TOWARDS the end, before the EVM machines were to be sealed, officials at the state Chief Electoral Office at Altinho, a hilly neighbourhood in the state capital, heaved a collective sigh of relief. Still collecting field reports from the state’s 40 constituencies that went to the polls on Saturday, till late night the officials had one eye on the numbers: to break a 2011 record of 83.62-per cent provisional polling held by Puducherry.
By 5 pm, the numbers had started pouring in. Goa had crossed 83 per cent. This is without counting the 831 voters contacted through Electronically Transferable Postal Ballots that will be accounted for by March 11. Another booth of 800 voters is expected to go for re-poll.
For Goa, this is a big high. The figures for the 2012 state elections were 83.67 per cent for North Goa and 79 per cent for South Goa. Overall, minus the ballot votes, the figure was a little above 81 per cent.
Officials in the electoral office gave credit to programmes they undertook before the polls – and also said that social media helped raise voter awareness. There was even a walkathon last week to raise awareness of poll day— the last event before the state went to vote.
Paying his gratitude to the effort shown by both the voters and the election personnel, both on polling duty and security for the “most peaceful election” in the state, Kunal, Goa’s Chief Electoral Officer, said the state election page on Facebook received “34,600 likes”. That is a huge number in a state where constituency averages stand at 20,000 and margins of victory as low as 600 at times. “It’s more than 3 per cent of Goan voters. Our Facebook Live events gets 1 lakh views and hits – that’s 10 per cent of Goa’s voter count,” Kunal said.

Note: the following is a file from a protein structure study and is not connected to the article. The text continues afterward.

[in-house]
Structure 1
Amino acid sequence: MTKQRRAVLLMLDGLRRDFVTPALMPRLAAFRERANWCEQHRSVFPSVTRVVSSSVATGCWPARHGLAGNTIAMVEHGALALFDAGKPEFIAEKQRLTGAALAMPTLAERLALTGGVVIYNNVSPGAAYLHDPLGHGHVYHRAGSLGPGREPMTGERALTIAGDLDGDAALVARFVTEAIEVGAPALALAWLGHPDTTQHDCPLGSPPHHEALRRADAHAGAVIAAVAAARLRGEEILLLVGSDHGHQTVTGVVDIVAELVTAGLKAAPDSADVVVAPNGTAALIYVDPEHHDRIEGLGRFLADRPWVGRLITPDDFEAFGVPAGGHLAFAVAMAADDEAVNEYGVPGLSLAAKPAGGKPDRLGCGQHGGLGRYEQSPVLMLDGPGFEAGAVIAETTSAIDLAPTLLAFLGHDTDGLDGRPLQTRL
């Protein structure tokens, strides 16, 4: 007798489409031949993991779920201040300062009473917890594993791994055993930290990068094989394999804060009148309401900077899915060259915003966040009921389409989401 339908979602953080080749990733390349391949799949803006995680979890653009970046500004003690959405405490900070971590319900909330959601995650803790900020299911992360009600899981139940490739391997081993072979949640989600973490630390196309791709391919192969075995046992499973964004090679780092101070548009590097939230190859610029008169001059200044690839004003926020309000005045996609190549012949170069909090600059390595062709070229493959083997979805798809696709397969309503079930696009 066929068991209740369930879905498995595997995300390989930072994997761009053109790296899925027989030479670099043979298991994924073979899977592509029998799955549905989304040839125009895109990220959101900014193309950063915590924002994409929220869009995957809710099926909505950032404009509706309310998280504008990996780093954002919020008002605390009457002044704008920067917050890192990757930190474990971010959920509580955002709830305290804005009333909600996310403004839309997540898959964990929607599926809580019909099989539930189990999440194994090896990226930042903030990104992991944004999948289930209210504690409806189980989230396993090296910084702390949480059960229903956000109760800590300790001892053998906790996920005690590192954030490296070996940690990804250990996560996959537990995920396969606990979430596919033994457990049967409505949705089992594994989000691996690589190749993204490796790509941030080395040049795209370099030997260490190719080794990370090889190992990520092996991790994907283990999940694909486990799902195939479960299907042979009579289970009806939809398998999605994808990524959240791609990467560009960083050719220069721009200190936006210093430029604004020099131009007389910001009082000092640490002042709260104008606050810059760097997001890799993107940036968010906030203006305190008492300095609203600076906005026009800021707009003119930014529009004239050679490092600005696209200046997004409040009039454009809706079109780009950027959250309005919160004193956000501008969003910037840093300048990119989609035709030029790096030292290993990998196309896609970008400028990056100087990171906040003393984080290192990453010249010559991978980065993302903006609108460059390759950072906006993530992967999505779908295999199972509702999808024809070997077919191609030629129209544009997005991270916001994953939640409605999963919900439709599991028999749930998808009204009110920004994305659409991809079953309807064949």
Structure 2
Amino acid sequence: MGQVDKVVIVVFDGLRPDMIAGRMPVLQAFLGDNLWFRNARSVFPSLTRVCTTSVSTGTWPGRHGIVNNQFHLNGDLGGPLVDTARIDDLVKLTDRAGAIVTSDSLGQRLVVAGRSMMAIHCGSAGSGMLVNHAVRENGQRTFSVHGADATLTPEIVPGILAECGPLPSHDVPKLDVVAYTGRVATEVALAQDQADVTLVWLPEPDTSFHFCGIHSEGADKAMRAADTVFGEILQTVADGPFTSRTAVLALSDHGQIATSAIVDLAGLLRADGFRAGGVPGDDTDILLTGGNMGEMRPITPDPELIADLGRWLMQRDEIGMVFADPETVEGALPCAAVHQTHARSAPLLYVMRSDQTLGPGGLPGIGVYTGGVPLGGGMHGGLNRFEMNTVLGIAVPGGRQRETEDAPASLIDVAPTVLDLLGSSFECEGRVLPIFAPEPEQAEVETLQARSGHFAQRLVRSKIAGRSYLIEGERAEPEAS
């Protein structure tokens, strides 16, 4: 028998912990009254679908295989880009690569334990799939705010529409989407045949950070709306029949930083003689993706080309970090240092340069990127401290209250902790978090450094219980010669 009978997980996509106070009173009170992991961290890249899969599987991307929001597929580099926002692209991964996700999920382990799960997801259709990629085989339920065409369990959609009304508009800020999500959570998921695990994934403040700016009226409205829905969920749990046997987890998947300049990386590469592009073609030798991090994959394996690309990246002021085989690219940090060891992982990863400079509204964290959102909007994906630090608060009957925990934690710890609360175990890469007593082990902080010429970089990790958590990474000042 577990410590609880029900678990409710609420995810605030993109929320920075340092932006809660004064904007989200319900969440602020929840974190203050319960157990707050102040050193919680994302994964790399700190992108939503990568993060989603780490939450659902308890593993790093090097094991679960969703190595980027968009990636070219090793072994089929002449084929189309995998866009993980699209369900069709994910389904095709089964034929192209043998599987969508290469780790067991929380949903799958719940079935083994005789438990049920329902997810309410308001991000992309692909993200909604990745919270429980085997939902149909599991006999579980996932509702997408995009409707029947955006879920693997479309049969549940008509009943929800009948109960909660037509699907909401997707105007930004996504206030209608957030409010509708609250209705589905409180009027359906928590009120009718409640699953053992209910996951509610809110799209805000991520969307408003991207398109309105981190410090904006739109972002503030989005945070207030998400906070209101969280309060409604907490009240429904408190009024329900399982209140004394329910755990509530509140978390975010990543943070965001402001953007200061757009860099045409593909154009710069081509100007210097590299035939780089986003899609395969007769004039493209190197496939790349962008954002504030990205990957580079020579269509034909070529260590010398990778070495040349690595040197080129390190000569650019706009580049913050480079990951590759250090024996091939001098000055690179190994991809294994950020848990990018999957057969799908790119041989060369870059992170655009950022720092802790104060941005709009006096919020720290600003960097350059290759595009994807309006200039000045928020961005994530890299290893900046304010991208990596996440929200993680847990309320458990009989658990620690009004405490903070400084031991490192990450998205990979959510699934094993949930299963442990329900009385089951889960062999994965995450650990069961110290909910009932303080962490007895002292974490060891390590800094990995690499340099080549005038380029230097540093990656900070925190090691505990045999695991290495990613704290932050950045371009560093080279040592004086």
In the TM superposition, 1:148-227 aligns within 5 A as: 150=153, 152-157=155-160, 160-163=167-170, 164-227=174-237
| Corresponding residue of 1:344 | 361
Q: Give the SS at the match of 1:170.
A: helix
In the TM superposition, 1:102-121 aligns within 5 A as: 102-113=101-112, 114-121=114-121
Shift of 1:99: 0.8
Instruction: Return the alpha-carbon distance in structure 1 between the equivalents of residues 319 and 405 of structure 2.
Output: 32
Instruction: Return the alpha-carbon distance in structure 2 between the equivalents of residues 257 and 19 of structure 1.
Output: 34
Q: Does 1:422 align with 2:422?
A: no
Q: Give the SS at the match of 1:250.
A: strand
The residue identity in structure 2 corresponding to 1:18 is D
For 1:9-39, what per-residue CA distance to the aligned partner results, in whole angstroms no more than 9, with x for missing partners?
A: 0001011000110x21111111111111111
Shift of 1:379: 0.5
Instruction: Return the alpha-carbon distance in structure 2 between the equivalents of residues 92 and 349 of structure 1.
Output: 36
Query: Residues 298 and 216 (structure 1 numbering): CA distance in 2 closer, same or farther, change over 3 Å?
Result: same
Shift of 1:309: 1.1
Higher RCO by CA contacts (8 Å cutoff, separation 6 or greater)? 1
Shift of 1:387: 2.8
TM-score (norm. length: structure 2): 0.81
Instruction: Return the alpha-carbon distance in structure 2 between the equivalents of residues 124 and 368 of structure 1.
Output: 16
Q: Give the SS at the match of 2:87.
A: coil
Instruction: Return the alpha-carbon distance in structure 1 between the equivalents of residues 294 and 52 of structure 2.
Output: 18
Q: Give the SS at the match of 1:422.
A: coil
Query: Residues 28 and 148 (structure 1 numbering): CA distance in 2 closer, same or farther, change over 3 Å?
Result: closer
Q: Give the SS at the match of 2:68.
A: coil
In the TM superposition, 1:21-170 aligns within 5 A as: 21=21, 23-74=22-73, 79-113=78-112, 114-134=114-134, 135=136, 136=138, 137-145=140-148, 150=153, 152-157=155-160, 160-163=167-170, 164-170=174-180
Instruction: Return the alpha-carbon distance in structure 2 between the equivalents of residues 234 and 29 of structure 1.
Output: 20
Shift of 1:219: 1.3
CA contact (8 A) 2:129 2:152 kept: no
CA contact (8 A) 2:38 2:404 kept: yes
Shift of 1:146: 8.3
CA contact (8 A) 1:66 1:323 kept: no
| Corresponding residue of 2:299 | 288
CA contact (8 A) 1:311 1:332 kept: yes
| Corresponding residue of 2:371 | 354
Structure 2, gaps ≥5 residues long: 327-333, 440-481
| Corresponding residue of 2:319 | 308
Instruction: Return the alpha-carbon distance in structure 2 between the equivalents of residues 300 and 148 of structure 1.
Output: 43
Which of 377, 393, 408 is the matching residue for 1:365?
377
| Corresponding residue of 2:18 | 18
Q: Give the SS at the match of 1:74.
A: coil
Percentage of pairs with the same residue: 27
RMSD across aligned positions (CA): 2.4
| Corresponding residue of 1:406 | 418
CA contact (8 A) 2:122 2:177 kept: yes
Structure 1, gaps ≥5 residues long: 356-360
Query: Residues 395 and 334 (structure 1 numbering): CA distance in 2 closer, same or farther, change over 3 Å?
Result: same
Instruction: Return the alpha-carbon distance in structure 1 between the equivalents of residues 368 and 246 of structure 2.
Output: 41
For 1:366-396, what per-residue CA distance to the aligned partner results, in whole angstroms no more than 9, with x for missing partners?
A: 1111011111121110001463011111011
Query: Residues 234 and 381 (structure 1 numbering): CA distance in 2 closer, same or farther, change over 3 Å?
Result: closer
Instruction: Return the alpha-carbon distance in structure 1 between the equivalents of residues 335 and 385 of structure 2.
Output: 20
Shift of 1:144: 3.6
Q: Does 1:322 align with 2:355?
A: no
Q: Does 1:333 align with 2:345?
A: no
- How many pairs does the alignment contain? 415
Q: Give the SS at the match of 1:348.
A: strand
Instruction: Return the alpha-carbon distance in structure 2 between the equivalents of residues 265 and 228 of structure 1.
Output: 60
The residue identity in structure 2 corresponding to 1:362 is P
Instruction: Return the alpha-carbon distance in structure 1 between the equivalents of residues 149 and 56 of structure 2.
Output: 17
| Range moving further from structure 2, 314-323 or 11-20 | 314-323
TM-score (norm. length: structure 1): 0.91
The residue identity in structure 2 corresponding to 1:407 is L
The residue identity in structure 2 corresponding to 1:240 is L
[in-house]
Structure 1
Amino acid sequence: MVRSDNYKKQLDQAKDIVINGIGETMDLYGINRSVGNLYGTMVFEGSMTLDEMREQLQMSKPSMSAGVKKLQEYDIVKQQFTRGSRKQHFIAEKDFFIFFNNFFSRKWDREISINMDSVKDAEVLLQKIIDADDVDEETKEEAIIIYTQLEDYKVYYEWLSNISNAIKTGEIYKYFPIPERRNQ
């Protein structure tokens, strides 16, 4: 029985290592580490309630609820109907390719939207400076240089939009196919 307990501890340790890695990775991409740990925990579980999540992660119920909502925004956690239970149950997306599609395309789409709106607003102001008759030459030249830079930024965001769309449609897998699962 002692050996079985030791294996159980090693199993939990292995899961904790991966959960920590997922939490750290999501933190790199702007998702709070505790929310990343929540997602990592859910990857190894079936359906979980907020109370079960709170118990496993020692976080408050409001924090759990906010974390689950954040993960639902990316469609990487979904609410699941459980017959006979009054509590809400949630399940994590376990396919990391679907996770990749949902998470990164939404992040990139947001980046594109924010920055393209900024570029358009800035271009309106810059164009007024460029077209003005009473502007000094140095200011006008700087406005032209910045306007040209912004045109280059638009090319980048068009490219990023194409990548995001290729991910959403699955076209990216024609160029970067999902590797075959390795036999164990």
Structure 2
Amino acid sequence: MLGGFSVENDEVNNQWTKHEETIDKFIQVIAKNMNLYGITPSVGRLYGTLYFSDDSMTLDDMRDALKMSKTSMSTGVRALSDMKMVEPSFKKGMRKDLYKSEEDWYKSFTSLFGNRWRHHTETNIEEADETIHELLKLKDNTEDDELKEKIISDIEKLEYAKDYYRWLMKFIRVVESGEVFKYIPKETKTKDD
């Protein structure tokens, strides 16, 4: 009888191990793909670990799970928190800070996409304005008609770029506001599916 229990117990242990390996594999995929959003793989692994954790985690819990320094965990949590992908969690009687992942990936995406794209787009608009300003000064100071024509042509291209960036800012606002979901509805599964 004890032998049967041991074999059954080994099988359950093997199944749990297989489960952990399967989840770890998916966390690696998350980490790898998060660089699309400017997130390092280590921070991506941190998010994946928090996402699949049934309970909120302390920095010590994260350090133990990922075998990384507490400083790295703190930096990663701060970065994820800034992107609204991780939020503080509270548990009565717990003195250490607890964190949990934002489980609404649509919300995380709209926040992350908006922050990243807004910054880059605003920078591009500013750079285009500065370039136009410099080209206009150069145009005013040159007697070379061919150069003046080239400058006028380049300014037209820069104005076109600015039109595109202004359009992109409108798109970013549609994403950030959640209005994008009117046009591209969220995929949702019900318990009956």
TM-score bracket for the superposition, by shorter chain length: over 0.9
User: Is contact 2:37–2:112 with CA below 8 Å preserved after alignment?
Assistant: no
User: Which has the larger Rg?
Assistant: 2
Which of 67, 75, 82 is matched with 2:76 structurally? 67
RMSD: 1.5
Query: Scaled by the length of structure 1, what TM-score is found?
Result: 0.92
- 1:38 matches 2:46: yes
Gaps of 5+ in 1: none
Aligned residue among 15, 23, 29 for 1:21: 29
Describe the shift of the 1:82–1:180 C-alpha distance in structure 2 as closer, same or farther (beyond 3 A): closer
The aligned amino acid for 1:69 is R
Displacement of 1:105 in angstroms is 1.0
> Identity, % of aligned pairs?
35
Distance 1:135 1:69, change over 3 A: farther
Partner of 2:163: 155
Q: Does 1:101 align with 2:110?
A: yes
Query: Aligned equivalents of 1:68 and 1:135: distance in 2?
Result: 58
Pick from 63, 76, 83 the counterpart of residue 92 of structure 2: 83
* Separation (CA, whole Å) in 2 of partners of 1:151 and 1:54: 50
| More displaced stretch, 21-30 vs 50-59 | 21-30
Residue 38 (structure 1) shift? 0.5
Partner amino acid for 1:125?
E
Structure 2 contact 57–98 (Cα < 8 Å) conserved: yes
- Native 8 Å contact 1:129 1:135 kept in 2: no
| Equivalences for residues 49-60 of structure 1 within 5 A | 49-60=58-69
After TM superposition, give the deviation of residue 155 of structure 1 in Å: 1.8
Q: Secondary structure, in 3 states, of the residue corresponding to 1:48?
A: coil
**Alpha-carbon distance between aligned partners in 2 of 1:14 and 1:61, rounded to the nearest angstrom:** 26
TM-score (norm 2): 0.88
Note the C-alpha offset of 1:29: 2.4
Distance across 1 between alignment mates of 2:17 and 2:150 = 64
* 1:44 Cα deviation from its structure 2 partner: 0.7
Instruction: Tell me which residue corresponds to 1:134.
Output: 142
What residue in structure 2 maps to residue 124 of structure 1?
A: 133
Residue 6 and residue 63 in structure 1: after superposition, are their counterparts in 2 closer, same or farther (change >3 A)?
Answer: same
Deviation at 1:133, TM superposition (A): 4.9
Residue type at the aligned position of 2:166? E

An election official said 8,000 voters’ data was corrected and updated, and their locations mapped. “A lot of our figures were dead data. Many people had moved locations, many had left for abroad, and many had not even updated or registered,” the official added.
Real-time monitoring, started from a by-election in 2011, threw up several trends. In 2012, 25.2 per cent votes were polled between 7 am and 9 am, and the turnout was less than 4 per cent after 3 pm. This year, the first hour didn’t see much crowd at the booths but the buzz picked up between 11 am and 1 pm.
In South Goa, many constituencies, where mining-dependent families live, also saw a huge improvement in turnout from the last election.
Political parties also took credit for the turnout. Defence Minister Manohar Parrikar, spoken of as the chief minister if the BJP succeeds again, told the media that BJP members, including him, called every voter at least four times. The Aam Aadmi Party, which expects a share of votes in South Goa, also took credit for the increased numbers, saying that their volunteers and members engaged with voters. At the Congress office, their election managers were busy calling all the candidates to get out and get people to the booths.
“The booth attended by differently abled persons, saw a 85 per cent voter turnout, much higher than the average state and district average of the past,” Kunal said.